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21 DECEMBER 2014

Where am I? Home Columns Zhenyu Li
 

Boxing In China: A Tale Of Two Decades




By Zhenyu Li

"Western boxing in China is now revived!"

More than two decades ago when Menghua Li, the Director of National Sports Committee declared in a resonant voice filling up the sky, it turned a whole new chapter in the story of Chinese western boxing.

By the turn of the year 2006, China has depicted a tale of two decades since the rebirth of the sweet science, two decades of renaissance and reforms, two decades of smiles and tears, two decades of challenges and achievements.

The year 1986 and 1987 are two significant years for Chinese western boxing. In March 1986, boxing officially returned to validity. The next year in April, the China Boxing Association was officially founded. In May, the first national boxing championships were held and in June, the China Boxing Association was officially admitted into the International Amateur Boxing Association as the 159th member. From then on, China began to appear on the international boxing stage.

The Chinese national boxing team had taken part in a number of international boxing events during this period of time including the Pyongyang International Invitational Boxing Tournament in August in which China reaped two bronze medals.

The first ray, golden 24k, shined in the darkness of Chinese western boxing after a three-year slump. Light heavyweight Chongguang Bai bagged the first gold medal for China at the 1990 Beijing Asian Games. It greatly elevated the morale of boxing professionals in China.

However, this perfect storm was followed by a grilling tranquility. China suffered a 16-year gold drought in Asian Games ring. In the meantime, boxing had undergone a stage of stillness in China for the first decade.

At the 1992 Olympic Games, competitors were delighted to face off against Chinese opponents. The best that the Chinese coaches hoped for was that each fighter might stay on his feet a bit longer than the one before him.

The reasons for this are both simple and complex. First and foremost, in the 90s, China was still on the road to glory lacking the fundamental support for the sport of boxing. Equally important is that China had never won a worthy medal in any prestigious international boxing tournament. Besides, pugilism was mainly carried out in the military and rural areas practiced by a very limited number of people, mostly the poor. It lacked adequate participation and attention of a large fan base. Last but not least, there had been little support for the Noble Art from government, media people and promoters for the first 10 years since the revival of this combat sport in China.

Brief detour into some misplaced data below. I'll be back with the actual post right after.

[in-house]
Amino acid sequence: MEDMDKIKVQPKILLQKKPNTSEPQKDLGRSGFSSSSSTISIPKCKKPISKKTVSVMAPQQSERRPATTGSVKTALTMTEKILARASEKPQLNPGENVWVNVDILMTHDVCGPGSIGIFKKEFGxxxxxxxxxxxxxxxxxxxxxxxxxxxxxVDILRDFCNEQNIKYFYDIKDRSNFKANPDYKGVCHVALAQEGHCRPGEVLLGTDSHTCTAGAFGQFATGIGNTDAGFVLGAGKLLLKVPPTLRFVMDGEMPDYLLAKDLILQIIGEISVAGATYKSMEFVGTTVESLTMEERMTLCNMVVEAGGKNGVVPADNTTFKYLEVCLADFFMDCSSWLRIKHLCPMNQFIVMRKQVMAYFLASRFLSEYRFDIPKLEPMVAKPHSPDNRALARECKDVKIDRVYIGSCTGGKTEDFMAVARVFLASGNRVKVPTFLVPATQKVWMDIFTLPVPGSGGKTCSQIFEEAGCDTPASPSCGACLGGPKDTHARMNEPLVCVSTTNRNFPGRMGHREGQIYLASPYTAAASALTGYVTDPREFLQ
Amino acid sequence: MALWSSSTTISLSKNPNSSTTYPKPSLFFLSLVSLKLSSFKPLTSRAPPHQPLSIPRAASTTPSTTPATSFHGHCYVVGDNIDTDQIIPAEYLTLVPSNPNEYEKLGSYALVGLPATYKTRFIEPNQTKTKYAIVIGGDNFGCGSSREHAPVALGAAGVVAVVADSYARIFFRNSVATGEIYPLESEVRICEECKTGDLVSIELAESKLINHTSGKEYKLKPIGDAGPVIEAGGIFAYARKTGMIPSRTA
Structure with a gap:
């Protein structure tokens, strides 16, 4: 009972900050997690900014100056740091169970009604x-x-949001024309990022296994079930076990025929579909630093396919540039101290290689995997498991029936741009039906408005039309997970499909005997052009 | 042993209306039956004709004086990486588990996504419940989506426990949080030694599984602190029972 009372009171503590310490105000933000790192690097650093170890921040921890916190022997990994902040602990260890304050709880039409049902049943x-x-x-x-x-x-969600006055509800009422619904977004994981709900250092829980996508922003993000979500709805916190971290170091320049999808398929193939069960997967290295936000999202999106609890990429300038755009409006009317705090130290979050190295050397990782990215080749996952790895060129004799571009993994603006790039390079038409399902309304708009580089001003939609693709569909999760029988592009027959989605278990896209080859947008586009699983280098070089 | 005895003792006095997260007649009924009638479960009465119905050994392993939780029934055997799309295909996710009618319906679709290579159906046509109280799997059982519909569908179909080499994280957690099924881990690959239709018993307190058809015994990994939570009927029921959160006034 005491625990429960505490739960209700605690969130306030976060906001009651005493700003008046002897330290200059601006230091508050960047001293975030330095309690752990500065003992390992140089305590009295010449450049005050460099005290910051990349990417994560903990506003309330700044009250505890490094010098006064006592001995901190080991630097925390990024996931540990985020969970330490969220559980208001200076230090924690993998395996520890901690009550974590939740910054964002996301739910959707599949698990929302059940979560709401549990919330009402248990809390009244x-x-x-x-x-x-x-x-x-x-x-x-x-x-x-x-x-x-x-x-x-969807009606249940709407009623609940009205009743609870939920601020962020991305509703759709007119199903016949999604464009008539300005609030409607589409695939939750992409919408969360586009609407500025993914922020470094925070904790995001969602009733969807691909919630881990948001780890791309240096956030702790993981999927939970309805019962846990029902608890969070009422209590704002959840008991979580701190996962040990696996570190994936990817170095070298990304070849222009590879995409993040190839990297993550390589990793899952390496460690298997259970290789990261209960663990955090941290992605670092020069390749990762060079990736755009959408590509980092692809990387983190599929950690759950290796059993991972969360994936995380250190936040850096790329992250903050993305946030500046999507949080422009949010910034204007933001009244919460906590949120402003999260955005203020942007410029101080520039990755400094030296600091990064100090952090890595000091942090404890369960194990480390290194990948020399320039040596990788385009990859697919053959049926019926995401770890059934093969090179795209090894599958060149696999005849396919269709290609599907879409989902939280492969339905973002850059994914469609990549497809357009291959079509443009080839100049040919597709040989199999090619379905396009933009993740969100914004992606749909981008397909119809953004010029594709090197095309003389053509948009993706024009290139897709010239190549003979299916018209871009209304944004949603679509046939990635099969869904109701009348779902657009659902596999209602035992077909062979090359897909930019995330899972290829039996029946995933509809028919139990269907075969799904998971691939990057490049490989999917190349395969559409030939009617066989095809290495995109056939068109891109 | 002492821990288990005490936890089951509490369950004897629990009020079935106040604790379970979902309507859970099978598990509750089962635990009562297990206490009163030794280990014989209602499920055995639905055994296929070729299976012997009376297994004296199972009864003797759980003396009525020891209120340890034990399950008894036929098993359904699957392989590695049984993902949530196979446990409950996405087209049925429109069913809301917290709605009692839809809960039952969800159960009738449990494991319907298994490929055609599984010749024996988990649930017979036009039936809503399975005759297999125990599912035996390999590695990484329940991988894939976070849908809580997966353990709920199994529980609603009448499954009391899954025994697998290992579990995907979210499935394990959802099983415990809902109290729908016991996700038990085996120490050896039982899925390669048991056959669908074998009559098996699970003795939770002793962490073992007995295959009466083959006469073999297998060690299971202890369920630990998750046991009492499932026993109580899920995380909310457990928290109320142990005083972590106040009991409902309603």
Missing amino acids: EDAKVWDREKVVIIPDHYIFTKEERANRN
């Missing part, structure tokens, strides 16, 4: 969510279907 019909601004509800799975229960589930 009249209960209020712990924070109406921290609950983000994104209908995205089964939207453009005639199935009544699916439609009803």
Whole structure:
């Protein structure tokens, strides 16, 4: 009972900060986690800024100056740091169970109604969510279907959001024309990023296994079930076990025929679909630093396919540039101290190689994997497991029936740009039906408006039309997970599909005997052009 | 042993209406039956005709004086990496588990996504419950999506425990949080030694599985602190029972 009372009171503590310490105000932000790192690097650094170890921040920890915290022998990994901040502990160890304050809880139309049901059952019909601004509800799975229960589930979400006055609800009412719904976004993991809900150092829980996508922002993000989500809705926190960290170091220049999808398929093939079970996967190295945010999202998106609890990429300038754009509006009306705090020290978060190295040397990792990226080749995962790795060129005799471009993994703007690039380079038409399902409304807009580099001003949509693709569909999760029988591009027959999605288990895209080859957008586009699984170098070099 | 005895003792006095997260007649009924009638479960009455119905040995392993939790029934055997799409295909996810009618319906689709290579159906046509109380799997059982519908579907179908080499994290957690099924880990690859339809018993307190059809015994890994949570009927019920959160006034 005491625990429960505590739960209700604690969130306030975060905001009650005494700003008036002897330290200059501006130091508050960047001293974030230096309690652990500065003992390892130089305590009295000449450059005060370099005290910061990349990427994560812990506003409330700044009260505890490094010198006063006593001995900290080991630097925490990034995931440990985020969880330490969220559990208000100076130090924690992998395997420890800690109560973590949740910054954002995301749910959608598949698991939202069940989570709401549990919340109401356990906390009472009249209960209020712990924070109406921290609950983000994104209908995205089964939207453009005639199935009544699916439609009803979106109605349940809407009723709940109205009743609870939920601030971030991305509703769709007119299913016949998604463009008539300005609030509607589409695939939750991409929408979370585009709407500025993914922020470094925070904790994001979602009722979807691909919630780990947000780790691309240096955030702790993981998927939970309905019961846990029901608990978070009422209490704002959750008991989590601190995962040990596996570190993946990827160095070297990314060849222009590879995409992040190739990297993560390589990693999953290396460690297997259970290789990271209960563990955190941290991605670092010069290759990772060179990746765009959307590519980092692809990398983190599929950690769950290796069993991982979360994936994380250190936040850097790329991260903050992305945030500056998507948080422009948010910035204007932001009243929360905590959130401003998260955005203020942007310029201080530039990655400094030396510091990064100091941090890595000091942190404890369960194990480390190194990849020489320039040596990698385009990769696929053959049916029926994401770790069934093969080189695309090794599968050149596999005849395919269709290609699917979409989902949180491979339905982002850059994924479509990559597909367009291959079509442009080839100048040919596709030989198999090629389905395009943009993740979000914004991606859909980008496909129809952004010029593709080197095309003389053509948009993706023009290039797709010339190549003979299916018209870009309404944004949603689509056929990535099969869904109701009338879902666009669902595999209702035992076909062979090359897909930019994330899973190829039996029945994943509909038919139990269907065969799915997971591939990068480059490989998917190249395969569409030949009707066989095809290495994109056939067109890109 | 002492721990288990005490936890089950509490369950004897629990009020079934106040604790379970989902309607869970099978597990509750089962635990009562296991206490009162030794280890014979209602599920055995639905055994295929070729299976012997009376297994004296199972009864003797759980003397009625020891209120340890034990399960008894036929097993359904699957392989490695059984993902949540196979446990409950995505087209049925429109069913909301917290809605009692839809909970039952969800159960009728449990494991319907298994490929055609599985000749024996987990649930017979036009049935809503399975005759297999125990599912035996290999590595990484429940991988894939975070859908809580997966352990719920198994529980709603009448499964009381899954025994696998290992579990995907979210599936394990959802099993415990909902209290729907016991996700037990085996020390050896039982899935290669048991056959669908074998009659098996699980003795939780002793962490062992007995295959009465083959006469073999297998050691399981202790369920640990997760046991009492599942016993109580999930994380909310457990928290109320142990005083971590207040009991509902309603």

But as it turned out, the stillness was temporary. Maybe it’s the silence before the storm.

Amateur light flyweight Shiming Zou, the most popular boxing athlete in China, achieved a series of historic breakthroughs for Chinese western boxing, as he seized three medals in a row by 2006. Zou captured the silver medal for the 2003 World Amateur Boxing Championships, the bronze medal of 2004 Athens Olympic Games and a gold medal from the 2005 World Amateur Boxing Championships.

Admittedly, at that time, the talent pool of Chinese boxers was lacking, with Zou playing the solo and the others lagging far behind. The second best the Chinese achieved in the 2005 World Boxing Championships was two boxers entering the quarterfinal.

The talent-sparse predicament ended in Doha one year after when China bagged five boxing medals in the 2006 Asian Games.

In Doha, Zou broke a 16-year gold drought in Asia boxing by completely outshining Thailand’s powerhouse Suban Pannon with an impressive 10-1 lead in the first round before the referee stopped the contest in the second. Lightweight Qing Hu added another gold medal to China’s drought-breaking haul when he used some powerful combinations to beat Mongolia’s Munkh Erdene Uranchimeg 38-22. China finished with two gold and three bronze medals in the Doha 2006 Asian Games, which exceeded the mighty Manny Pacquiao’s home country of the Philippines with one more bronze medal advantage. Bo Yang, Hanati and Jianting Zhang were the other three Chinese counterparts who captured the three bronzes, respectively in the 51kg, 69kg and 75kg division.

With boxing powerhouses such as Kazakhstan and Kyrgyzstan in line, China still secured five medals from five separate weight classes, indicating that the ancient nation had integrally reached a whole new level in amateur boxing.

The breakthroughs in the two decades were not only achieved in amateur boxing, but in professional stage as well.

The first intercontinental professional boxing champion in Chinese history was born on May 17, 2005 when Congliang Xu with only three professional fights won the WBA Intercontinental Lightweight title by knocking out Thailand’s veteran Pongsit Wiangwiset, who had made 13 title defenses in his illustrious professional career.

In April 2006, female fighter Xiyan Zhang became China’s first ever world professional boxing champion by defeating Alicia Ashley for the WBC women’s lightweight crown. The hard-hitting brawler Zhiyu Wu captured the second intercontinental title for China by stopping the defending champion New Zealand’s Bruce Glozier in only 26 seconds in the WBC Intercontinental Cruiserweight title bout.

It showed, as early as 2006, that the Chinese could also compete with such Asian boxing powerhouses as Thailand, the Philippines and Korea on the international battle field.

When the chapter was closed, two decades after the rehabilitation of the fight game, China had produced two world champions and two intercontinental champions in the square ring.

And the best is yet to come...


Zhenyu Li is the bilingual sports and culture columnist for People’s Daily. His agent can be reached at sunboxing@gmail.com


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